Startups
At least one-third of all start-ups fail or lose investor interest because they don’t know how to spend their money.

We’re into the second quarter of 2017, and there appears to be some good news in the offing for Indian start-ups after a first quarter plagued with controversies. Investors seem to be upbeat about funding entrepreneurs again, and the Indian start-ups scene looks set for a new innings of large funding rounds. This time around, Angel investors are hawkish on innovative business ideas across verticals like SaaS, fintech, and health tech. The beleaguered e-commerce space, too, is making headlines after a hiatus of almost four years. 

What are investors looking for in entrepreneurs and their vision/companies this time around? Have the Indian entrepreneurial whiz kids wisened up since the last rounds of funding? After e-commerce start-ups burned funds on discount wars and went into a tailspin, the million-dollar question in this round will be, “How do you plan to spend the money as we invest in your vision/enterprise?” Given that new trends like third party credit assessments and entrepreneurs-in-residence are here to stay, we can be rest assured that investors are keenly watching out for entrepreneurs who have learned their lessons well before they seek funding.

In the business of start-ups, everything – known and unknown – is going to go wrong. What most entrepreneurs fail to understand is that as investors we share in that risk of failure. It’s not just your idea going bust, it’s also our money and our judgement calls. So, as investors, we expect that the money we invest will be used to strengthen various aspects of the start-up. Below, I list some of the areas Indian start-ups should focus on when explaining to us what they will do with the funding received:

Business Model: The primary reason many enterprises fail is because their business model does not work. No amount of funding can save a start-up that has a weak or ineffective business model. Although this more apt for very small start-ups, it can also affect mid-size and large start-ups. Instituting a proven business model is not just attractive for receiving funding, but in a way it is also a responsibility an entrepreneur owes to his investors. How an entrepreneur intends to turn his idea into an operational enterprise is what investors need to know. A proven business model can help an investor assess possible economies of scale for the start-up, too, which also means that better the enterprise’s ability to scale fast and scale economically, the better its chances are to receive continued investor interest. Remember, customers and investors are buying end products – not ideas.

Technology: Once the start-up has instituted a proven business model, the next major focussed spending should be on technology that will enable to scale up your carefully thought business idea faster. Installing a start-of-the-art technology for your business has a reinforcing effect on other aspects investors are watching: operational spend and customer acquisition. Many companies are providing AI-based back-end solutions for process automation, which also enriches customer experience. This is also one of the reasons start-ups focussed on providing technology-based market solutions consistently outperform other ideas in raising money.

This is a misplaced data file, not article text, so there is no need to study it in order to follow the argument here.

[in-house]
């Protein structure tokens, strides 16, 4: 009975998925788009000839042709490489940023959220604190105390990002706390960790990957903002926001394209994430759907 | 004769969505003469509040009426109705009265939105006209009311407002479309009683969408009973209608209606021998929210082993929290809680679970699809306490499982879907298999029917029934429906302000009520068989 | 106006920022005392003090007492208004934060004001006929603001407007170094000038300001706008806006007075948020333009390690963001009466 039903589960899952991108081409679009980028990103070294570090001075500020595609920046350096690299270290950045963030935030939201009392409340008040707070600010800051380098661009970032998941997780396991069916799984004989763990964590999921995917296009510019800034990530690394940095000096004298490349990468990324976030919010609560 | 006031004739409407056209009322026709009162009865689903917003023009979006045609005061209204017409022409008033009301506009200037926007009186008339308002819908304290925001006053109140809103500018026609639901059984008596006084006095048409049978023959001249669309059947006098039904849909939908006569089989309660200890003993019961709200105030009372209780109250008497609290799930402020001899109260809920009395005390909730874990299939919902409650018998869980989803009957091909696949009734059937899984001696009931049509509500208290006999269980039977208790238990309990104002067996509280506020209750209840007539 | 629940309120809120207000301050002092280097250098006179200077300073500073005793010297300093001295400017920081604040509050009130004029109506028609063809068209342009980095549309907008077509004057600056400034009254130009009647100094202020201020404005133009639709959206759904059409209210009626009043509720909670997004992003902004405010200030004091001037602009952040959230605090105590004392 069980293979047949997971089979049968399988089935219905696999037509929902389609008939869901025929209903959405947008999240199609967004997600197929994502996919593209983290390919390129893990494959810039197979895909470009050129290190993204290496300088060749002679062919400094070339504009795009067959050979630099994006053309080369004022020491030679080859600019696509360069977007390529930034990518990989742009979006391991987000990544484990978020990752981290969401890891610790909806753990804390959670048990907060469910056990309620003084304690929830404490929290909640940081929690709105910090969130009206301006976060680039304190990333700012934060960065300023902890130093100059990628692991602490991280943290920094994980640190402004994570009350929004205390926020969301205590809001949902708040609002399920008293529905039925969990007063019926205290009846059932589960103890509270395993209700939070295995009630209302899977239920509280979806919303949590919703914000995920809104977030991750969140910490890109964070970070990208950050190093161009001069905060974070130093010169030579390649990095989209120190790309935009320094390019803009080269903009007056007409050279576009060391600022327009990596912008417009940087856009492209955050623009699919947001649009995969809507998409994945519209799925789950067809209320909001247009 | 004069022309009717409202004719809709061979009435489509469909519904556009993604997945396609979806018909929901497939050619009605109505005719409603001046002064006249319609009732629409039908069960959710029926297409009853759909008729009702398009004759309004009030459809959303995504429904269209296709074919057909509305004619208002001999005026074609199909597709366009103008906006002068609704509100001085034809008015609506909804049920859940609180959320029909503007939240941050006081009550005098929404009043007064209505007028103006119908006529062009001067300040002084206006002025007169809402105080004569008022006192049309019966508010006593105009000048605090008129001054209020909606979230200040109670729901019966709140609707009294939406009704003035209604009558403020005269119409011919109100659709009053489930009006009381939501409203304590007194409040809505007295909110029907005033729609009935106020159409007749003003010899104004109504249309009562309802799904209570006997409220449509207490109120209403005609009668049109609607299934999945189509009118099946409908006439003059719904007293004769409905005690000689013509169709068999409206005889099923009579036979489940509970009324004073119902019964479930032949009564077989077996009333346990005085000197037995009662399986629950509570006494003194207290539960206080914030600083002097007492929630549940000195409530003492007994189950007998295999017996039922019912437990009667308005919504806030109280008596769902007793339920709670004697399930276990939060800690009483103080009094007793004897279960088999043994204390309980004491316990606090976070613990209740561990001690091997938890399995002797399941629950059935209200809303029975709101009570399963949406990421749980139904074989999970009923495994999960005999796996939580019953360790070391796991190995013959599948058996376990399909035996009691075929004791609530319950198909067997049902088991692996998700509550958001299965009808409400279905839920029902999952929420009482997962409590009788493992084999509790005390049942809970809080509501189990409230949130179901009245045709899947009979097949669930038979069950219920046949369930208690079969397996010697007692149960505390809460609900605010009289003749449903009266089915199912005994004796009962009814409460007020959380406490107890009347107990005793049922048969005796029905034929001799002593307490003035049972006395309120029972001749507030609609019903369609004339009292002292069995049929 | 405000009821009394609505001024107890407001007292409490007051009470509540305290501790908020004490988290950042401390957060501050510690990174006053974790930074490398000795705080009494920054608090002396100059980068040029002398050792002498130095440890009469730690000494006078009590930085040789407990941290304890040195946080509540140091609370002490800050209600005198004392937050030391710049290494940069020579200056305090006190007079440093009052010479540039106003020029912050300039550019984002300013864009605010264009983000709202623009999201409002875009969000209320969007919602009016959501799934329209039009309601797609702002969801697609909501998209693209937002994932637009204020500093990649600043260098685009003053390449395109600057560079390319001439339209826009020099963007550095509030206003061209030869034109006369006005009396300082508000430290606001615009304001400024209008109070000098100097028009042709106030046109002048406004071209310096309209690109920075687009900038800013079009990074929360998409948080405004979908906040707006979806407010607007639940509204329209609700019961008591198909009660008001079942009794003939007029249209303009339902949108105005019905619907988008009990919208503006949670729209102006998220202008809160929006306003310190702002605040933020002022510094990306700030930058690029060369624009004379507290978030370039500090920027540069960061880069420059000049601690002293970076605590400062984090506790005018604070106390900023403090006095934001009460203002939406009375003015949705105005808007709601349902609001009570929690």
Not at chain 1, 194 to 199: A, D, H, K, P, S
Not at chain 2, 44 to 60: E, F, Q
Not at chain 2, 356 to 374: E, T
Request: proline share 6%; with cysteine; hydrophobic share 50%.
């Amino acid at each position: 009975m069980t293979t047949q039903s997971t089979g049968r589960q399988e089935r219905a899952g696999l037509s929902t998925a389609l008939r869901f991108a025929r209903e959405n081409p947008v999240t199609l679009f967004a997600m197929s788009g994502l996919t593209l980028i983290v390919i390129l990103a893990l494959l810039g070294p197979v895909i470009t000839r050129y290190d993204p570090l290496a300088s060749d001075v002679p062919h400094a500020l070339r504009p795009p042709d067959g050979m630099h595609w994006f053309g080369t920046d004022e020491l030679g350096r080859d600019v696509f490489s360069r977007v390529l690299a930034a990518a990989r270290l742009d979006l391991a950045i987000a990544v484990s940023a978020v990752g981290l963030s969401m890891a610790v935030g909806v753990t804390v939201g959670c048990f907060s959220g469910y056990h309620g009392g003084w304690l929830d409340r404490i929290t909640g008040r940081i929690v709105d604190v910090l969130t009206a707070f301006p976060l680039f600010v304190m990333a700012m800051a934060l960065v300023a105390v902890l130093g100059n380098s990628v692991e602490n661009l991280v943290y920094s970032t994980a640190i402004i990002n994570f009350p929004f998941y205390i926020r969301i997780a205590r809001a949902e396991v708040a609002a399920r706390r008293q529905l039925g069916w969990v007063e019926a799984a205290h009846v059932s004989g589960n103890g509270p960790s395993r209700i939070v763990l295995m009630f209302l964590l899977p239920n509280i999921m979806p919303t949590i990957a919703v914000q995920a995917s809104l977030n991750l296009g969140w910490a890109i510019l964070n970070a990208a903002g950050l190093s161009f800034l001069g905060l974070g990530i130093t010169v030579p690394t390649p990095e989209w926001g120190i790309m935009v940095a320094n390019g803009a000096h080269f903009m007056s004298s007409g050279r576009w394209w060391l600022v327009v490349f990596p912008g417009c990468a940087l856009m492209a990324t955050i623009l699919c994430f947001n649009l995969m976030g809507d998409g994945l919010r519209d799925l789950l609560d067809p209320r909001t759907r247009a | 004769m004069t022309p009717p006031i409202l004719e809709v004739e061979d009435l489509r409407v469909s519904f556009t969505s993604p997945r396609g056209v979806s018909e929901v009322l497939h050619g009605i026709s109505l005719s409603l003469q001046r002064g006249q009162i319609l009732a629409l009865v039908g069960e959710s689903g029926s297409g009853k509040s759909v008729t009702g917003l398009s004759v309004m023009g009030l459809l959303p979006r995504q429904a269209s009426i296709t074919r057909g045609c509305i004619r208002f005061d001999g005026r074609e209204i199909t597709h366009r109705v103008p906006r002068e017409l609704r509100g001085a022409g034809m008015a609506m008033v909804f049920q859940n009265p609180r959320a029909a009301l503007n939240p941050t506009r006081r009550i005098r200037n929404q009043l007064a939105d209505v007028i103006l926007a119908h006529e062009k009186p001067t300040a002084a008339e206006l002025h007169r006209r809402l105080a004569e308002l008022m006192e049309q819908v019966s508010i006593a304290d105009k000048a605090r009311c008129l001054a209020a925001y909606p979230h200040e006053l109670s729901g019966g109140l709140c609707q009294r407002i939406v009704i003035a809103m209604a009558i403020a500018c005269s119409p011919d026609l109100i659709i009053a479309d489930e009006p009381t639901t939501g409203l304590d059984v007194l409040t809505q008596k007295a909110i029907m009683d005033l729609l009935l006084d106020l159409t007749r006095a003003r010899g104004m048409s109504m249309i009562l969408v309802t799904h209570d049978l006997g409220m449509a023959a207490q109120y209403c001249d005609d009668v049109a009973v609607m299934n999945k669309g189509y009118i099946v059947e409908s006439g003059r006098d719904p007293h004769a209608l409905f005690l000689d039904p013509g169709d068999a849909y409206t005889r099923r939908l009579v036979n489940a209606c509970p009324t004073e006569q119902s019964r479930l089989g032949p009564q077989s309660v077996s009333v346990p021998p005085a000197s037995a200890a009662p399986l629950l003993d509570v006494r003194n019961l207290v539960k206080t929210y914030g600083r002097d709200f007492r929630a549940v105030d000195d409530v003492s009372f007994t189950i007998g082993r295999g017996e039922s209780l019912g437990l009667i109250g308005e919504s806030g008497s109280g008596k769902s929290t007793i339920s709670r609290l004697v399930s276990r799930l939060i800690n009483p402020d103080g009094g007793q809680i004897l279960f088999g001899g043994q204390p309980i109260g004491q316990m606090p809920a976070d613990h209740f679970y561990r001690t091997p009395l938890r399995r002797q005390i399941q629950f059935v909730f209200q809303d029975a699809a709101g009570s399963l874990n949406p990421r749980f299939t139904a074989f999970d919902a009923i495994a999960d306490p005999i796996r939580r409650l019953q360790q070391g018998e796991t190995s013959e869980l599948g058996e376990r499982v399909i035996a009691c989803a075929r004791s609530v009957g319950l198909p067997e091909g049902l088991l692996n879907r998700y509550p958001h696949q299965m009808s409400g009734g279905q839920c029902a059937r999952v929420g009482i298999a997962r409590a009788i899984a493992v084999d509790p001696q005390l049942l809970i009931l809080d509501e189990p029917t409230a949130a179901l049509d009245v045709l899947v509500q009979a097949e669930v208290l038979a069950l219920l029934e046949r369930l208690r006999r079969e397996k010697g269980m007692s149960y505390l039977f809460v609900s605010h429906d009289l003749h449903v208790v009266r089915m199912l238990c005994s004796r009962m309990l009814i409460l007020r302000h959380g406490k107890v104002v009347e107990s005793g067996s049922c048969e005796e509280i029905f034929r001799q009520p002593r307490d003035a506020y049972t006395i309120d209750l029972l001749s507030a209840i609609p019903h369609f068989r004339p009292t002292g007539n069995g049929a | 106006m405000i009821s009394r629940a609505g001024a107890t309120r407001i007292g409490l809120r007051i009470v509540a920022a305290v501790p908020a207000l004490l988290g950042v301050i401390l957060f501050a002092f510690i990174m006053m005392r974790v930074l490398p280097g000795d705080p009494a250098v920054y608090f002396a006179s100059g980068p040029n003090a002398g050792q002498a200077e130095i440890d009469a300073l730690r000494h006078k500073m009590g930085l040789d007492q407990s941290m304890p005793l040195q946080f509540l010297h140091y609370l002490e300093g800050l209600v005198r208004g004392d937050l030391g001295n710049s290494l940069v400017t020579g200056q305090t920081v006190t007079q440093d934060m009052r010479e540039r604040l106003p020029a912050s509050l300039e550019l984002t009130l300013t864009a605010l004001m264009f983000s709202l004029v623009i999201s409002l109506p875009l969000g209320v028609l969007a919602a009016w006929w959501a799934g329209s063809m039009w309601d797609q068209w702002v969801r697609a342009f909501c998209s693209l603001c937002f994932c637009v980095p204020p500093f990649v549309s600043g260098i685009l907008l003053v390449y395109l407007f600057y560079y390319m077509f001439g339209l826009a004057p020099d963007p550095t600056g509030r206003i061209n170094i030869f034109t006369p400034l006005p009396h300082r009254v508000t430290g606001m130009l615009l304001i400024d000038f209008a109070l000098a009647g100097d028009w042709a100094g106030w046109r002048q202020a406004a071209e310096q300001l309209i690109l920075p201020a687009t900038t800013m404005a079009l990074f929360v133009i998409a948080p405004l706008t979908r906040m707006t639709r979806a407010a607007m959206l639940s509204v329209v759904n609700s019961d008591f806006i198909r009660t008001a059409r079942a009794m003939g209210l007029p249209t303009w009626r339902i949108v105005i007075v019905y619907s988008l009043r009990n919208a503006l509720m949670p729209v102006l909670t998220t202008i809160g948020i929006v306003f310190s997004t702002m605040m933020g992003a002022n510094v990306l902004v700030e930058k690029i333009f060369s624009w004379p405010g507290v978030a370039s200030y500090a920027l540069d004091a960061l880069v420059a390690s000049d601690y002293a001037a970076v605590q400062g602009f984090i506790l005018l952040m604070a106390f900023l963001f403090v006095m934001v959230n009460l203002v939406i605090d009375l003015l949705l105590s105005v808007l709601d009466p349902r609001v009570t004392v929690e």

Operating Spend: This is another focus area for start-ups; entrepreneurs must spend on process automation at the operational-end. Knowing how and where to spend money on the business is one of the keys to determining the probability of the start-up’s success. Many enterprises tend to hire plenty of people to customise experiences and meet growth targets in their business plans. This is especially true of well-funded companies. However, manual processes not only tend to cost more but are also more likely to generate errors. Clean, streamlined processes account for lower operational spend, and are more likely to catch investor interest. People-heavy enterprises would need higher operational costs, and these are likely to remain consistent or go up, unless the organisation downsizes – which will create a whole new set of optics issues.

Customer Acquisition: This should be a conscious decision arrived at between the founders and the investors. If profitability is the primary target, then the team can choose to spend less on customer acquisition. However, if grabbing a bigger market share is the initial target, then the team has to focus spending on customer acquisition. In fact, customer acquisition frequently ranks as the second biggest reason why start-ups tend to fail. And this point again loops back business models – a well-balanced business models will recognise the costs required to acquire customers. Linking this to operational spend, if the enterprise depends on human resources to acquire customers, then the start-up is effectively tying itself to higher operational spend on employees and dedicating lower amounts for customer acquisition, which will in turn hurt the original business model, growth targets, and investor attraction.

At least one-third of all start-ups fail or lose investor interest because they don’t know how to spend their money, and in an ecosystem that has been through a roller-coaster ride in terms of funding and optics lately, prioritisation of expenditure and the quantity of spend on each of the cost head will be critical in receiving funds from investors.  2017 is already beginning to be a helleuva of a year and fasten up because we are just getting started.

Archana Priyadarshini, an active angel investor, has come on board recently as Venture Partner, Unicorn India Ventures. She is Bangalore-based and heads the Unicorn team and deal flow from the city.